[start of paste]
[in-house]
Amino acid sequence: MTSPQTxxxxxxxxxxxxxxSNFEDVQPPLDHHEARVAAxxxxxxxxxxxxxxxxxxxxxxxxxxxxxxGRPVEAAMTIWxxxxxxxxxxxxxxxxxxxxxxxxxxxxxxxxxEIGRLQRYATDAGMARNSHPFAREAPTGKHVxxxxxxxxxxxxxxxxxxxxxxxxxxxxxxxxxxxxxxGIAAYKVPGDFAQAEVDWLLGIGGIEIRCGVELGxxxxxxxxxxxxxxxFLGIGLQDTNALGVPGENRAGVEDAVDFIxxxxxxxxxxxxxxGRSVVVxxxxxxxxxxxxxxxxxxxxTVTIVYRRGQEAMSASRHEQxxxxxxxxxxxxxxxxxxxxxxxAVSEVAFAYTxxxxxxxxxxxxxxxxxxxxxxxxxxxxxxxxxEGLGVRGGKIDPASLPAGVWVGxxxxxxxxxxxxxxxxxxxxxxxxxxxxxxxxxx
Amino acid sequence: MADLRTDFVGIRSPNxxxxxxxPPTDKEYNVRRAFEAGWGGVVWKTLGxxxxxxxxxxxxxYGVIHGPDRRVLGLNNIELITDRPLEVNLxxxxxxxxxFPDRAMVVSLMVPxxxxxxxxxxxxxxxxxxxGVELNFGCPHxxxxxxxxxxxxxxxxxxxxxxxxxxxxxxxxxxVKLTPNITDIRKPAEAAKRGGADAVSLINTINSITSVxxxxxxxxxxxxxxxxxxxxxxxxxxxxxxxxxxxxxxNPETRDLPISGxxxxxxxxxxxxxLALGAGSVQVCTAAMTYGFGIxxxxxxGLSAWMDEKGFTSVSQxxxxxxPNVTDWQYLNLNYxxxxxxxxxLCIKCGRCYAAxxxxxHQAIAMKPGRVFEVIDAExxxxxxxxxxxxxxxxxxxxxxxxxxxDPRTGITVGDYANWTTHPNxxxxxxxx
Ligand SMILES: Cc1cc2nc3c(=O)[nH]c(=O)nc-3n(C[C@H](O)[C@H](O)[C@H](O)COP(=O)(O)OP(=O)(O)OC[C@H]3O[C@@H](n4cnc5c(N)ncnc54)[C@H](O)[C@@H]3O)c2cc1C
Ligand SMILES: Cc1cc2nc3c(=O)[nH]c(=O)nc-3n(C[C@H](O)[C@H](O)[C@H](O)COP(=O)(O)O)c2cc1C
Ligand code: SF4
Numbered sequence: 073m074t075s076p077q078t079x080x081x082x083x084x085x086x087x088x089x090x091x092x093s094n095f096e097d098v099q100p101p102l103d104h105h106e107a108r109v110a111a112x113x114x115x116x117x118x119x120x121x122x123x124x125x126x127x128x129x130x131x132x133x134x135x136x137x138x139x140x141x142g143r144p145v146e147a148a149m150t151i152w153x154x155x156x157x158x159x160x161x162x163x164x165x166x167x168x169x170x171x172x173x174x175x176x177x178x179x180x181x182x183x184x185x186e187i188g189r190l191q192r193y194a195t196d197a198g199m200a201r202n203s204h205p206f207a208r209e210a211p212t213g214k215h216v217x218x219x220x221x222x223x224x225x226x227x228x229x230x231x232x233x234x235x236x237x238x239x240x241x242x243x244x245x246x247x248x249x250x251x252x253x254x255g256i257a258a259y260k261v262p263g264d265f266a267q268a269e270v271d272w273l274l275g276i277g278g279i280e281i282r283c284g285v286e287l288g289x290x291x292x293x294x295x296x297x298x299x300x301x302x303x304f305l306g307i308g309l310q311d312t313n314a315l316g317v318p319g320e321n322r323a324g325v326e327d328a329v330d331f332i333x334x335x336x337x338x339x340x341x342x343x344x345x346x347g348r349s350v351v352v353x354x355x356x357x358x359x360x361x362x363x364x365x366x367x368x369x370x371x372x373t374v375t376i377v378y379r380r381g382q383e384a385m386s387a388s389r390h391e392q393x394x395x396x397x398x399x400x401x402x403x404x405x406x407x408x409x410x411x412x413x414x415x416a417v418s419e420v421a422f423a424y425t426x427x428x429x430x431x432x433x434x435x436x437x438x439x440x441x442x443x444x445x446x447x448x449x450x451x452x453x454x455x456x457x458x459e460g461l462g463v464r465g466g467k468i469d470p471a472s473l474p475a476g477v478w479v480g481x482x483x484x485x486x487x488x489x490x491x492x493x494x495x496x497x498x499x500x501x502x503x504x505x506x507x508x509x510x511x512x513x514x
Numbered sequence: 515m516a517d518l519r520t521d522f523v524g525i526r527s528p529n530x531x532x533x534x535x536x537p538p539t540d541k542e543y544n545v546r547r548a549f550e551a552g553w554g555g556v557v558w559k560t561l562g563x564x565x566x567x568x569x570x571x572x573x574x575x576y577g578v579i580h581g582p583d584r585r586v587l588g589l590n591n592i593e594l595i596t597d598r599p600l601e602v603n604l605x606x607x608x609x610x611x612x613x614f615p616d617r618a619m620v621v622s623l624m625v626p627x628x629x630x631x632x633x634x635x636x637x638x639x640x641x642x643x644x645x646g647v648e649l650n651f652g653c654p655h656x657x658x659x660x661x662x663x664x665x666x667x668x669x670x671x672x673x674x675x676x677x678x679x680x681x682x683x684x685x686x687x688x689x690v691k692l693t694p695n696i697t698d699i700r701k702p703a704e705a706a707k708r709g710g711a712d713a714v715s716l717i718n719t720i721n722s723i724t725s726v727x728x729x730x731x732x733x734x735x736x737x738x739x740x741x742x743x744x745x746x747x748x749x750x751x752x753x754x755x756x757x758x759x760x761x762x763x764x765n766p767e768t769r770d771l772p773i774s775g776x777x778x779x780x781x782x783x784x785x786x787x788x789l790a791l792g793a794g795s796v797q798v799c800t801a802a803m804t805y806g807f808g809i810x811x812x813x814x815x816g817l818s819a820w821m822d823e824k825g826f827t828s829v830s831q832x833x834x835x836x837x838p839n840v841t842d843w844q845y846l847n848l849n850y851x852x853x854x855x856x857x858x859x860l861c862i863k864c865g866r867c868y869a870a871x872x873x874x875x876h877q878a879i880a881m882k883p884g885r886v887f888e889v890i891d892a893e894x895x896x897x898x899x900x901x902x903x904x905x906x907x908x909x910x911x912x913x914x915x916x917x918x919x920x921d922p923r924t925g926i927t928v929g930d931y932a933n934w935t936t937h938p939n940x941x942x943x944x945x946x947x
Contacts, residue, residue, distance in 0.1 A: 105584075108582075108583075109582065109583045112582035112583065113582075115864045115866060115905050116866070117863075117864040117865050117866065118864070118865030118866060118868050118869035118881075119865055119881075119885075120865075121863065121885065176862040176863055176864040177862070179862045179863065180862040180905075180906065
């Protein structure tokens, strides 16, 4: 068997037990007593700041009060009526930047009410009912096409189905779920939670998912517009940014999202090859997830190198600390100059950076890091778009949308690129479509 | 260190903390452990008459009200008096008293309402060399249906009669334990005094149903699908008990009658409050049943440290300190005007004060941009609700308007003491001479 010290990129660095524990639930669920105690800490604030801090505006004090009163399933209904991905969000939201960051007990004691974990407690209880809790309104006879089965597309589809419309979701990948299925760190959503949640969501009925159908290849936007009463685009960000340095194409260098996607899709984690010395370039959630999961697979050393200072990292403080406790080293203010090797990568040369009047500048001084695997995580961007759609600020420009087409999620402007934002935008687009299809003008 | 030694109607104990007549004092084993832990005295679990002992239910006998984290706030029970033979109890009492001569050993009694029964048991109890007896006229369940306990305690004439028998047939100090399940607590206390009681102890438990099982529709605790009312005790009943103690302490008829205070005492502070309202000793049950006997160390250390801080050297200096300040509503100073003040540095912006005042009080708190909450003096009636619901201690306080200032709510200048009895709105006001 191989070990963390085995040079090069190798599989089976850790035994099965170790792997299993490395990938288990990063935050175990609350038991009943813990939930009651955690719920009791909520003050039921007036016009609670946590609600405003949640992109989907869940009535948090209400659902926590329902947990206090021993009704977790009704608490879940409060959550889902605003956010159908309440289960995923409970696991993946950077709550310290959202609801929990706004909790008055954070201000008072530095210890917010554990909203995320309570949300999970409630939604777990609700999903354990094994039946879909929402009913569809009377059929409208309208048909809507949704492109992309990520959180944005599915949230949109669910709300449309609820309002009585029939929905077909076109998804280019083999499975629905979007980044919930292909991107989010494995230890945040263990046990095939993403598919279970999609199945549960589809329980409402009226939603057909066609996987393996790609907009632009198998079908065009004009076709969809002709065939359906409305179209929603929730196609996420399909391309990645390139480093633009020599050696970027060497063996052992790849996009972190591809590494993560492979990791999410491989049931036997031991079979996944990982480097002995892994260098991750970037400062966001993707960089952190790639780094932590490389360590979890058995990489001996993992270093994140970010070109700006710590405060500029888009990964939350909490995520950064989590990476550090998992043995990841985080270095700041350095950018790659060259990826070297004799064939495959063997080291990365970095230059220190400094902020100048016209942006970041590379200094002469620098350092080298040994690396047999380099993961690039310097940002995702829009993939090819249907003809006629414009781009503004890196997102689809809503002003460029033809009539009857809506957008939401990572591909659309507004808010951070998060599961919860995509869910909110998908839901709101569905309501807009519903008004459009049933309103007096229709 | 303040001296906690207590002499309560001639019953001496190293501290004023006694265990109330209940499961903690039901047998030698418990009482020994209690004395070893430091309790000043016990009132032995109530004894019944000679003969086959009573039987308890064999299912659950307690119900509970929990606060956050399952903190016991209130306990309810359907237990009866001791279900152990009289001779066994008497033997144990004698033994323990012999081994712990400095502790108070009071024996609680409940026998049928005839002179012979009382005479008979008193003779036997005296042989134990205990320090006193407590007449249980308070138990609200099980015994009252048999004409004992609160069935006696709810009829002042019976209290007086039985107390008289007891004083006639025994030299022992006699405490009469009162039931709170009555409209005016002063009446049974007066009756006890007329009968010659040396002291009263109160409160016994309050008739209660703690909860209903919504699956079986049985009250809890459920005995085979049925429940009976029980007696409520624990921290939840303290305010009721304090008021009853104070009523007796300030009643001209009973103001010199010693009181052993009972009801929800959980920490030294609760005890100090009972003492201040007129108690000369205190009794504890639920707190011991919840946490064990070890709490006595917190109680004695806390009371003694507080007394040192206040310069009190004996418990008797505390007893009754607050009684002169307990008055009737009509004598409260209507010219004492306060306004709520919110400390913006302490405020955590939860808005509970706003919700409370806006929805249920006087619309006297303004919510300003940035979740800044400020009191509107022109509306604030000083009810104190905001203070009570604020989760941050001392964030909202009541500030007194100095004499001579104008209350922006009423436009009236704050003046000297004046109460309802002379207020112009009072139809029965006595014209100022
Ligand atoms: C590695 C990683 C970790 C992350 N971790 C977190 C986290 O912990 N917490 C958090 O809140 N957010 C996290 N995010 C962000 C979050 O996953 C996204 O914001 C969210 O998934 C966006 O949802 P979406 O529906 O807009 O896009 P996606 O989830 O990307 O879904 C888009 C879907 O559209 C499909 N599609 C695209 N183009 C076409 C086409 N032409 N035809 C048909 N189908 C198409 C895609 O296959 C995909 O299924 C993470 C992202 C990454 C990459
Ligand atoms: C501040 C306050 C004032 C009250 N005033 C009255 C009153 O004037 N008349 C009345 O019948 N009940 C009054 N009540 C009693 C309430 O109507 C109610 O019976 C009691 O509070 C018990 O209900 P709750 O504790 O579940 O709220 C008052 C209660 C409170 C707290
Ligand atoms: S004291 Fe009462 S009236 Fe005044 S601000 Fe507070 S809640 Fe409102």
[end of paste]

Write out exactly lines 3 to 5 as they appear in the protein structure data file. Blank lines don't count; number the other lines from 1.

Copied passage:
Amino acid sequence: MADLRTDFVGIRSPNxxxxxxxPPTDKEYNVRRAFEAGWGGVVWKTLGxxxxxxxxxxxxxYGVIHGPDRRVLGLNNIELITDRPLEVNLxxxxxxxxxFPDRAMVVSLMVPxxxxxxxxxxxxxxxxxxxGVELNFGCPHxxxxxxxxxxxxxxxxxxxxxxxxxxxxxxxxxxVKLTPNITDIRKPAEAAKRGGADAVSLINTINSITSVxxxxxxxxxxxxxxxxxxxxxxxxxxxxxxxxxxxxxxNPETRDLPISGxxxxxxxxxxxxxLALGAGSVQVCTAAMTYGFGIxxxxxxGLSAWMDEKGFTSVSQxxxxxxPNVTDWQYLNLNYxxxxxxxxxLCIKCGRCYAAxxxxxHQAIAMKPGRVFEVIDAExxxxxxxxxxxxxxxxxxxxxxxxxxxDPRTGITVGDYANWTTHPNxxxxxxxx
Ligand SMILES: Cc1cc2nc3c(=O)[nH]c(=O)nc-3n(C[C@H](O)[C@H](O)[C@H](O)COP(=O)(O)OP(=O)(O)OC[C@H]3O[C@@H](n4cnc5c(N)ncnc54)[C@H](O)[C@@H]3O)c2cc1C
Ligand SMILES: Cc1cc2nc3c(=O)[nH]c(=O)nc-3n(C[C@H](O)[C@H](O)[C@H](O)COP(=O)(O)O)c2cc1C